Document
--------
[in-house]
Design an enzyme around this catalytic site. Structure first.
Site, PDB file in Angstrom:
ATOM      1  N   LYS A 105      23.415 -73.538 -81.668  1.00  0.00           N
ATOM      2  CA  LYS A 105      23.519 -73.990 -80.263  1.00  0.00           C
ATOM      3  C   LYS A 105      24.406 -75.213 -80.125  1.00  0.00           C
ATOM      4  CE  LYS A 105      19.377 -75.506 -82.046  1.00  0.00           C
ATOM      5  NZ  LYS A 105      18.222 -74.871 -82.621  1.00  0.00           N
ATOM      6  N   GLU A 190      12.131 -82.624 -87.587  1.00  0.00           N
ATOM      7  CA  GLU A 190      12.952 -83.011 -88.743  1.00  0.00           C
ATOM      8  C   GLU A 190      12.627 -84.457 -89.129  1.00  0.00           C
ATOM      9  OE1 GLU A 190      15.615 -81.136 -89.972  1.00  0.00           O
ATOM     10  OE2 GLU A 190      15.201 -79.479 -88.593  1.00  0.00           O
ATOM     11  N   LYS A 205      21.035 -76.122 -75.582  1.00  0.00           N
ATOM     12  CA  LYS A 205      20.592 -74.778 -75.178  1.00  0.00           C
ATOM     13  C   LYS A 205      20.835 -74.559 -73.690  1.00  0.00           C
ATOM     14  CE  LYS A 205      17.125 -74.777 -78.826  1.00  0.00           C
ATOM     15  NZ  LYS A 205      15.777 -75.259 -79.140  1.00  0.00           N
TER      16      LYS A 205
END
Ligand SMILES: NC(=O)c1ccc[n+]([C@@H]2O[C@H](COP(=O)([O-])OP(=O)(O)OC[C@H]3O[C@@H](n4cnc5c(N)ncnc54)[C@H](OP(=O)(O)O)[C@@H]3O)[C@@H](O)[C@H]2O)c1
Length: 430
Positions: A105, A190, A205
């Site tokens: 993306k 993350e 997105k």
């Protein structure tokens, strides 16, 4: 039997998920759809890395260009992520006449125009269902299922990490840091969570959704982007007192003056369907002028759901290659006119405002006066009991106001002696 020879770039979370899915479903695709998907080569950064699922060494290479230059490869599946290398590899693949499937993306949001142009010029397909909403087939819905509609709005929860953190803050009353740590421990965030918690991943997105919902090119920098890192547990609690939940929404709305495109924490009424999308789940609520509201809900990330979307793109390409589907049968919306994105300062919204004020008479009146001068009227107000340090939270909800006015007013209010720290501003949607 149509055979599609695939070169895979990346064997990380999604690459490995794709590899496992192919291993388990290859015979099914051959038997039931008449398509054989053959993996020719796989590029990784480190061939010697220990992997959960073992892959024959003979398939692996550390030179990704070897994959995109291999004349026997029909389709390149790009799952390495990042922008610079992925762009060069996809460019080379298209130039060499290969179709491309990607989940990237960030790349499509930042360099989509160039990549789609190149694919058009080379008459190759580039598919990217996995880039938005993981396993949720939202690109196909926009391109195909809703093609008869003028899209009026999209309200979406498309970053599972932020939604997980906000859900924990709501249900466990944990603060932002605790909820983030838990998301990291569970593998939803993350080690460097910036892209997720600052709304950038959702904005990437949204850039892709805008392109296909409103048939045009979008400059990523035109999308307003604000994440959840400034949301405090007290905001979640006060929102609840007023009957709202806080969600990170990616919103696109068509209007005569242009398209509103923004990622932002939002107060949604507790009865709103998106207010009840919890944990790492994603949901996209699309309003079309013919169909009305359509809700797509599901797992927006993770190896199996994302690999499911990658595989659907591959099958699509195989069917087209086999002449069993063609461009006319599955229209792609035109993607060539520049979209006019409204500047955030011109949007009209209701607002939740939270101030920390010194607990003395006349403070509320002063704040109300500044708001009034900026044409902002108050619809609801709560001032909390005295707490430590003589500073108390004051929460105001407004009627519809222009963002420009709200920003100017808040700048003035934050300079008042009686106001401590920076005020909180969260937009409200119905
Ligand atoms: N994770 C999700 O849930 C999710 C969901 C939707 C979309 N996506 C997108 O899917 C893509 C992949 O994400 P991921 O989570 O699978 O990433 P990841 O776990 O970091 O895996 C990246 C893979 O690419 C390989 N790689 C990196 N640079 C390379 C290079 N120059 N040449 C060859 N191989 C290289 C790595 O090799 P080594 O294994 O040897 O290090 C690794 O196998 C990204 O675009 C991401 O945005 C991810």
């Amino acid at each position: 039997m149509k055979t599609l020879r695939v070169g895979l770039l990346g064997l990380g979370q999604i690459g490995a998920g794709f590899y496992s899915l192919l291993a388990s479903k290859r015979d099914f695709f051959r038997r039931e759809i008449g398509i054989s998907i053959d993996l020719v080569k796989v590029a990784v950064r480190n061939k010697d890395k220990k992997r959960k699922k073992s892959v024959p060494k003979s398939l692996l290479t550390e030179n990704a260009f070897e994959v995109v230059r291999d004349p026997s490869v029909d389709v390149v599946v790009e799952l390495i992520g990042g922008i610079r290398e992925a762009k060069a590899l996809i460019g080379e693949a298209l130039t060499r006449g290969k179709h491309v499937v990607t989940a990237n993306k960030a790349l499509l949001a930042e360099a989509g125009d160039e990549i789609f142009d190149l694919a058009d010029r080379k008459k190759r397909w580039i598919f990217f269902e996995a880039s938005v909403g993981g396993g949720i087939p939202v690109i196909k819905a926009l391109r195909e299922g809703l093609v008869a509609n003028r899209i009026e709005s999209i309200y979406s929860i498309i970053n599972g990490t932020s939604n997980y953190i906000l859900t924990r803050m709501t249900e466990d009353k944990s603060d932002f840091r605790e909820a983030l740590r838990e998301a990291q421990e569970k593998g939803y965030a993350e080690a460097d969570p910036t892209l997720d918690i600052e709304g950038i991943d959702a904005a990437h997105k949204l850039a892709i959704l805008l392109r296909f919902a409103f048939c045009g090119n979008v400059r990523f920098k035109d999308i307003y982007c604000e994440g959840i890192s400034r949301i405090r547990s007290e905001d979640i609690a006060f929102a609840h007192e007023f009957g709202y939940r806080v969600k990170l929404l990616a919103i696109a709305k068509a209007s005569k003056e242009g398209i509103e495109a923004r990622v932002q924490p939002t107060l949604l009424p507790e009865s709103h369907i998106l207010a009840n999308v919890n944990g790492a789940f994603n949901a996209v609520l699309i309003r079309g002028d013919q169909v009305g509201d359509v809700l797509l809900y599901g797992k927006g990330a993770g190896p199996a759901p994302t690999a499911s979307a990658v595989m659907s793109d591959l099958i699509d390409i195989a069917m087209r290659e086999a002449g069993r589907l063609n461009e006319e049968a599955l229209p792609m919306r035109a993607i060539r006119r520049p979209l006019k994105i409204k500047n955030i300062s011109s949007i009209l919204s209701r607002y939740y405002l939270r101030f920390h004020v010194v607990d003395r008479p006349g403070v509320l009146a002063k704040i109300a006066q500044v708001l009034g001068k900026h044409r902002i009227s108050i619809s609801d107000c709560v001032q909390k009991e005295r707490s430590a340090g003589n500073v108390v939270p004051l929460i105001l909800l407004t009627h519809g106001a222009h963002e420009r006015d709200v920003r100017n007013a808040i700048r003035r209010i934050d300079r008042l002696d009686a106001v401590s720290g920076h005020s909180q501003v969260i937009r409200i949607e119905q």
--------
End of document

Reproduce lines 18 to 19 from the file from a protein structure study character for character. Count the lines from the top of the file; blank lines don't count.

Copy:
ATOM     15  NZ  LYS A 205      15.777 -75.259 -79.140  1.00  0.00           N
TER      16      LYS A 205